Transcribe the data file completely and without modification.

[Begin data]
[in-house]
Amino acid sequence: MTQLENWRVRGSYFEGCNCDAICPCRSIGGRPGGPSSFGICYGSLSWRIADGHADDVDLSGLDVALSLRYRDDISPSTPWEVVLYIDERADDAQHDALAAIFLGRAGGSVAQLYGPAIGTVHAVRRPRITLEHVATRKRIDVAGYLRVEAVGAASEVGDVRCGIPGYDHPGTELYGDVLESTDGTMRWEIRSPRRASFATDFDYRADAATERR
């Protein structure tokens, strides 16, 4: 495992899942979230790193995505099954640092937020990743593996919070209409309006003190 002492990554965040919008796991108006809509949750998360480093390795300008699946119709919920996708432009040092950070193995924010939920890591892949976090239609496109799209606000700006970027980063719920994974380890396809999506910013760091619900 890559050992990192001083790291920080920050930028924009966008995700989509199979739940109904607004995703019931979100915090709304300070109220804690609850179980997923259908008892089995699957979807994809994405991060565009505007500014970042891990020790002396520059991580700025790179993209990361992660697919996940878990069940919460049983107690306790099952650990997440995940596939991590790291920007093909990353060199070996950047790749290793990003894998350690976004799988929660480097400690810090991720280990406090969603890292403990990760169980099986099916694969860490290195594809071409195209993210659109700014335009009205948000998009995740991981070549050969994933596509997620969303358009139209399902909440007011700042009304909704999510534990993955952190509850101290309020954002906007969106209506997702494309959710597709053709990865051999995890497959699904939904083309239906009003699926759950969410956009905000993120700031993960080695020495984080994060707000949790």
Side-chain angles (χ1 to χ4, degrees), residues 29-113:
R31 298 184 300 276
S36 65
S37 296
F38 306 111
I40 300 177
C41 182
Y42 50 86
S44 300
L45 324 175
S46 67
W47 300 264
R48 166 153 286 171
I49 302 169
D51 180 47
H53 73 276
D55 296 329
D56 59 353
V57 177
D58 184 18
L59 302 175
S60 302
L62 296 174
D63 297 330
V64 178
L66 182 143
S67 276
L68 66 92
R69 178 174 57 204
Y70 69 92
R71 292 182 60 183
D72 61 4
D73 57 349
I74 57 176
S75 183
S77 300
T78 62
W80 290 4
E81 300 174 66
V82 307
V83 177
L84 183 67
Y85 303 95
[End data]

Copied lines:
[in-house]
Amino acid sequence: MTQLENWRVRGSYFEGCNCDAICPCRSIGGRPGGPSSFGICYGSLSWRIADGHADDVDLSGLDVALSLRYRDDISPSTPWEVVLYIDERADDAQHDALAAIFLGRAGGSVAQLYGPAIGTVHAVRRPRITLEHVATRKRIDVAGYLRVEAVGAASEVGDVRCGIPGYDHPGTELYGDVLESTDGTMRWEIRSPRRASFATDFDYRADAATERR
């Protein structure tokens, strides 16, 4: 495992899942979230790193995505099954640092937020990743593996919070209409309006003190 002492990554965040919008796991108006809509949750998360480093390795300008699946119709919920996708432009040092950070193995924010939920890591892949976090239609496109799209606000700006970027980063719920994974380890396809999506910013760091619900 890559050992990192001083790291920080920050930028924009966008995700989509199979739940109904607004995703019931979100915090709304300070109220804690609850179980997923259908008892089995699957979807994809994405991060565009505007500014970042891990020790002396520059991580700025790179993209990361992660697919996940878990069940919460049983107690306790099952650990997440995940596939991590790291920007093909990353060199070996950047790749290793990003894998350690976004799988929660480097400690810090991720280990406090969603890292403990990760169980099986099916694969860490290195594809071409195209993210659109700014335009009205948000998009995740991981070549050969994933596509997620969303358009139209399902909440007011700042009304909704999510534990993955952190509850101290309020954002906007969106209506997702494309959710597709053709990865051999995890497959699904939904083309239906009003699926759950969410956009905000993120700031993960080695020495984080994060707000949790």
Side-chain angles (χ1 to χ4, degrees), residues 29-113:
R31 298 184 300 276
S36 65
S37 296
F38 306 111
I40 300 177
C41 182
Y42 50 86
S44 300
L45 324 175
S46 67
W47 300 264
R48 166 153 286 171
I49 302 169
D51 180 47
H53 73 276
D55 296 329
D56 59 353
V57 177
D58 184 18
L59 302 175
S60 302
L62 296 174
D63 297 330
V64 178
L66 182 143
S67 276
L68 66 92
R69 178 174 57 204
Y70 69 92
R71 292 182 60 183
D72 61 4
D73 57 349
I74 57 176
S75 183
S77 300
T78 62
W80 290 4
E81 300 174 66
V82 307
V83 177
L84 183 67
Y85 303 95